Every culture has traditional stories, and every family has its lore. We depend on these narratives to make meaning, but there are times in our lives when we call on those stories with a greater desperation, particularly when faced with tragedy. This is the state of affairs in Jennifer Givhan’s new poetry collection, Rosa’s Einstein (University of Arizona); disaster looms in the air in the form of the atomic bomb, but also in the form of more intimate losses. What’s truly magical about this collection is how Givhan brings the science underlying nuclear technology into the magical world of myth and fairytale. What her approach uncovers is their mutual uncertainty, what Albert Einstein might have called “spooky action at a distance”—a phrase he used to describe that which is real, but unbelievable. In Rosa’s Einstein, what’s imagined is more believable, more present in many ways, than what we name reality.

To enter the strange alchemy of Rosa’s Einstein, we could start in any number of places, but perhaps the most useful place to begin is with Los Alamos, with the Trinity Project and the invention of the atomic bomb. Its violence haunts these pages, and in “Field Trip: Lieserl Blanketed in Fallout, or Nieve,” Rosa, Givhan’s reinvention of Rose Red and Lieserl, Einstein’s missing daughter, venture into the mythos of that day:

At the nuclear museum we watched the Trinity test
the day the sun rose twice:

Nieve appeared in the mushroom cloud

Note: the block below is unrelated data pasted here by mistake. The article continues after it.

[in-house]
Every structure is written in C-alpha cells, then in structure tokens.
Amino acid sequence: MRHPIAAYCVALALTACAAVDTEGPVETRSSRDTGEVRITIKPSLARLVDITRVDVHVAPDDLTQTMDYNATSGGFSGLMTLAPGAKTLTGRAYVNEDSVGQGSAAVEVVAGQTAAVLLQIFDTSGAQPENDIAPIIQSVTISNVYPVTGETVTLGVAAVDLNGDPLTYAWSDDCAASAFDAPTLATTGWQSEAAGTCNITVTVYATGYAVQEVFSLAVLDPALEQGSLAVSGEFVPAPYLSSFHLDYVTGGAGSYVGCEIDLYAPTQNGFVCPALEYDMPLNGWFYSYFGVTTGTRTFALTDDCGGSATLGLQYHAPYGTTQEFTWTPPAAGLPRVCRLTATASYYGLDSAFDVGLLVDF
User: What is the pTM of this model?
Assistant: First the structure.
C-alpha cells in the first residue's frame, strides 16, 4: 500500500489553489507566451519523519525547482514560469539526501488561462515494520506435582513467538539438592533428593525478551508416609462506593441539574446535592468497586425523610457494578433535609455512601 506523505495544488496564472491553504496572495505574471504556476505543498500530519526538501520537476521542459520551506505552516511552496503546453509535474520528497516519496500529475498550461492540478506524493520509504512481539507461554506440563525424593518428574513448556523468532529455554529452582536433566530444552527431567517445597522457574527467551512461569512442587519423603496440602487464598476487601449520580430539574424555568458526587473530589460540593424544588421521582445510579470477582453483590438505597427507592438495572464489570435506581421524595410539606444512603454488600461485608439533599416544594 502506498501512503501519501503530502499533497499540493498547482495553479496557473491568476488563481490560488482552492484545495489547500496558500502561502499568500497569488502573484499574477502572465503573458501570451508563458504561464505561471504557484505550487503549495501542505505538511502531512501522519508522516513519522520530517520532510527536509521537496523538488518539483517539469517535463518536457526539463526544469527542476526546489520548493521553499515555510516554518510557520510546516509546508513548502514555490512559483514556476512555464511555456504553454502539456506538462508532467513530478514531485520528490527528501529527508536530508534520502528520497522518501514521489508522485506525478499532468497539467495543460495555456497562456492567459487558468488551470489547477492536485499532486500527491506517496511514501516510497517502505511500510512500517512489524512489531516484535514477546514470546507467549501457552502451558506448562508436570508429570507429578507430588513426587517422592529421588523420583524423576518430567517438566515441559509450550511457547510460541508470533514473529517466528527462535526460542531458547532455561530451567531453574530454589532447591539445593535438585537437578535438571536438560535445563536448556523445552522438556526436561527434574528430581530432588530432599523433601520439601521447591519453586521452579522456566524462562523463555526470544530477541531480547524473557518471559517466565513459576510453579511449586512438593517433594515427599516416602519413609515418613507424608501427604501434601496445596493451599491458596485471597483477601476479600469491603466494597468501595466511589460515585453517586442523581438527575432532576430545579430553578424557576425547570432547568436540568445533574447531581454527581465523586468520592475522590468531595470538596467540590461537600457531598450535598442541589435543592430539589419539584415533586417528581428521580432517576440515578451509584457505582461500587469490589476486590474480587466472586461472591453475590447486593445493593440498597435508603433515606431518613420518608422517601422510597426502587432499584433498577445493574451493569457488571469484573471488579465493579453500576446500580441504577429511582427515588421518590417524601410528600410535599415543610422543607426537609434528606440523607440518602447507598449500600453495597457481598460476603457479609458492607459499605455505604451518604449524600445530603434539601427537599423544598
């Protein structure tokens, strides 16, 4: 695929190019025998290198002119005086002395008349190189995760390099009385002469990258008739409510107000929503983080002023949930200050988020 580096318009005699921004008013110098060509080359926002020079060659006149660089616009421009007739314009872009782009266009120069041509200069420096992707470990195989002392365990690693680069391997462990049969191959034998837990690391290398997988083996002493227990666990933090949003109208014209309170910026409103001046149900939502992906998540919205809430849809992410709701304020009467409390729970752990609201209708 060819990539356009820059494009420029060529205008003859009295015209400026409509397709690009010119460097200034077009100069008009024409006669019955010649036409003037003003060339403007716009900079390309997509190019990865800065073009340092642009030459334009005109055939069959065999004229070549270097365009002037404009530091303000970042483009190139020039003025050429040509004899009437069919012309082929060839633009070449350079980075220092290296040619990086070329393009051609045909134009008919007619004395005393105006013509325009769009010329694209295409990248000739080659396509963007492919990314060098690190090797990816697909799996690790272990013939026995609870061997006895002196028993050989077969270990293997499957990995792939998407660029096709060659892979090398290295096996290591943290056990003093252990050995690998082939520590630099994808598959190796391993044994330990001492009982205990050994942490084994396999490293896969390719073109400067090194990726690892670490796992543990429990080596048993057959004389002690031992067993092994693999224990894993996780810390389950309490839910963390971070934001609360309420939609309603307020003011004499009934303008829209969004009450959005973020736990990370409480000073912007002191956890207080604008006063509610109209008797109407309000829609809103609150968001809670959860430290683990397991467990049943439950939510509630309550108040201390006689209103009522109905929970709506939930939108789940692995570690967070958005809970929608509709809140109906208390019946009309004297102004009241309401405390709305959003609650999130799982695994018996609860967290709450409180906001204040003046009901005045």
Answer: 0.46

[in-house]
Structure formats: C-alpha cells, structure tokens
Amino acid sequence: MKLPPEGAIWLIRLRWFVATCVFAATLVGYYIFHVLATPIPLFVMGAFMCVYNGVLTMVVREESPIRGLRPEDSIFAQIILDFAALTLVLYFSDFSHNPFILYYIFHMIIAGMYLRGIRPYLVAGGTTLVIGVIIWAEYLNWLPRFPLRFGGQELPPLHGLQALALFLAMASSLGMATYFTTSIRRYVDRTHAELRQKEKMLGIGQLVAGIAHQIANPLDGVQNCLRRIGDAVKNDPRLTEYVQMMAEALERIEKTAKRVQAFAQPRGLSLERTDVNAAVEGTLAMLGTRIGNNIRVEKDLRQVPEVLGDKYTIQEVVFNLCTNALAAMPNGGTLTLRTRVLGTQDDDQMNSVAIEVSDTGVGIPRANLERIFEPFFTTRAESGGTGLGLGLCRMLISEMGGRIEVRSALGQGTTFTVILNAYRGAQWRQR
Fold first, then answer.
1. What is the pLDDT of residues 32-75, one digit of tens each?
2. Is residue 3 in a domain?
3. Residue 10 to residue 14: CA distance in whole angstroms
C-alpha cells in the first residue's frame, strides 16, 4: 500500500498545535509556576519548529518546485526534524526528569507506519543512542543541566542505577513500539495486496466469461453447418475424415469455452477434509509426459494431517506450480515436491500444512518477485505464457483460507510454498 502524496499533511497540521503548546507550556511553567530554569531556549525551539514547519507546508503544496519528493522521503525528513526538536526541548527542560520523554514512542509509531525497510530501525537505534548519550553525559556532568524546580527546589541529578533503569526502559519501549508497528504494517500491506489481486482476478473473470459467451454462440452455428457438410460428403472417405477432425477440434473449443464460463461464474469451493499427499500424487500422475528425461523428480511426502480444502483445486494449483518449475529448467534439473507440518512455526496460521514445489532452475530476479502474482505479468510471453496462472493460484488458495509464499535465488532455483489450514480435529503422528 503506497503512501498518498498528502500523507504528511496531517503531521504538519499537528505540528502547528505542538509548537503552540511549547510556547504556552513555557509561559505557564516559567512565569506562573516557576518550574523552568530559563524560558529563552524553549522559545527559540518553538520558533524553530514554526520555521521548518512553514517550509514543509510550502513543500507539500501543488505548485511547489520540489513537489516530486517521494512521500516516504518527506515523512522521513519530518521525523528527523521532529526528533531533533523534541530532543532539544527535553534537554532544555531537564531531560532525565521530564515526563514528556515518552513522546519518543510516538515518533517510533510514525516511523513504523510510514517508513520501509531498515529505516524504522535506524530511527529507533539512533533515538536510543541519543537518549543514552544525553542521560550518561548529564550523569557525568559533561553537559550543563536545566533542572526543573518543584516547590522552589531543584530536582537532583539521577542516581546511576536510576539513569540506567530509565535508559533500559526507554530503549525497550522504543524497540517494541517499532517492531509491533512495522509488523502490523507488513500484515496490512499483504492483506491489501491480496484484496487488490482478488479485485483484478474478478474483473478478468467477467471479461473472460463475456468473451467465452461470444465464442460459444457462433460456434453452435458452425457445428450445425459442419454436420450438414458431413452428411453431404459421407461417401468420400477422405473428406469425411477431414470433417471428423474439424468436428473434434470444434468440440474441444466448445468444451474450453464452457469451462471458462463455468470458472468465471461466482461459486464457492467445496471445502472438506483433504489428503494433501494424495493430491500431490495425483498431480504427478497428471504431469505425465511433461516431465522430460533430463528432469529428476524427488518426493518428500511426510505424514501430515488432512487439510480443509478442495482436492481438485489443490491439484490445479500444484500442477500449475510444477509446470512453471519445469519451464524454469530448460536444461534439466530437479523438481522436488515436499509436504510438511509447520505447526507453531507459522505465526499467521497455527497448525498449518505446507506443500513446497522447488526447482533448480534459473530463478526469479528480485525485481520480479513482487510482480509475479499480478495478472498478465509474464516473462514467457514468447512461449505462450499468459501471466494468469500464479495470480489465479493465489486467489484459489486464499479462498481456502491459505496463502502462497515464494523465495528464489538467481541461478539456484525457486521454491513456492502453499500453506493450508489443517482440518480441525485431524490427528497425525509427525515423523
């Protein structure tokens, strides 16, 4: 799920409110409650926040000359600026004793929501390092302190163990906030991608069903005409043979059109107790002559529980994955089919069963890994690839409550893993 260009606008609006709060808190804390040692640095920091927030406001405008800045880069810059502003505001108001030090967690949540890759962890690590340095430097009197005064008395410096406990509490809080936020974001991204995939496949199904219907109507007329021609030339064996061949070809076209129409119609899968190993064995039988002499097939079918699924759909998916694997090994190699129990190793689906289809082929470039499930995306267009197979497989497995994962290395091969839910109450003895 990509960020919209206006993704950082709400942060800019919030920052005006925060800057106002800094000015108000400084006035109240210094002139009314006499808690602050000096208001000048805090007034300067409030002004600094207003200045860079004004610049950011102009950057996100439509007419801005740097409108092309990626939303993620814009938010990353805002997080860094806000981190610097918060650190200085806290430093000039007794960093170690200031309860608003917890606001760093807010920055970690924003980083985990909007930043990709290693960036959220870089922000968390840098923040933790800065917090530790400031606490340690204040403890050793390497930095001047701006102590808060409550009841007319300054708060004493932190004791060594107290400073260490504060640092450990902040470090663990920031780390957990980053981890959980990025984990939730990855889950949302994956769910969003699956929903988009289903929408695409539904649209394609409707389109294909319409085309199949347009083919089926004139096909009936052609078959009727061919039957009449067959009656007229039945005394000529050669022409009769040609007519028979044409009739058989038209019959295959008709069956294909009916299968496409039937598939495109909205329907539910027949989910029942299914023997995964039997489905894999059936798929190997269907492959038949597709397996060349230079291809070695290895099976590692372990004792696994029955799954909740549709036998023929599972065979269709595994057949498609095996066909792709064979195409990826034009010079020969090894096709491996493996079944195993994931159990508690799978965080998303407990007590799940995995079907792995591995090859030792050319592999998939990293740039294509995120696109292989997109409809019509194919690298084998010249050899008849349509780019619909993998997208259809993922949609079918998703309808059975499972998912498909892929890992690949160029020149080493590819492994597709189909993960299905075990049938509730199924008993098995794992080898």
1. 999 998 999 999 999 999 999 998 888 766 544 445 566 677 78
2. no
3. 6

above our rancho.

That’s what I called her. I renamed her
Nieve, my Good Sister, favored one.

Sometimes, we pretend the extra limbs
are here to comfort us, snow-white

branches growing from our sheets
like snowflake arms in sixfold radial symmetry.

Nothing’s so fragile, so perfectly shaped, as melting.

This is readers’ first introduction to the three girls who populate the book—Rosa, Lieserl, and finally Nieve, who is Givhan’s version of Snow White, Rose Red’s counterpart from the Brothers Grimm fairytale. But the poem also reveals the tenuousness of reality. Nieve appears in the mushroom cloud, not quite real, an extension of the poem’s opening line, “I thought Lieserl knew it was pretend.”

For Rosa, Nieve is both real and unreal, the necessary Good Sister, and her counterpart in the sideshow, but she is also no more than a vision, and the rest of the poems struggle to reconcile this contradiction. Like Heisenberg’s uncertainty principle, there is a limit to what Rosa, and by extension the reader, can know. Sometimes what we believe is a matter of hope more than fact.

As is quickly made clear by Givhan’s choice of epigraphs, which include a quote from the article “Time Bandits: What Were Einstein & Gödel Talking About?” and The Brothers Grimm, Rosa’s Einstein is fascinated by the way in which science and myth both work to produce systems of belief, and there are two poems in the collection that take up this issue directly. In “Why Believe? Or, Rosa Questions the Scientist About the Princess,” Givhan introduces a science experiment in which children have been told that an invisible person named Princess Alice is watching them. The studies reveal that children who were told about Princess Alice were less likely to cheat on tasks during the experiment than those who were not presented with such a fiction. But for Rosa, Princess Alice serves as the foundation to interrogate belief more broadly. What happens when a scientist encounters something beyond belief?

He wasn’t watching for signs.
He didn’t believe in that. A scientist
believes only the data. & only as long
as it can be reproduced.

Still, she came in the form of wind chimes
On the back porch where there was no wind.
There must have been wind, I said –
once I’d finally figured it all out

or at least once I’d thought I had.
                        No, it was a windless evening.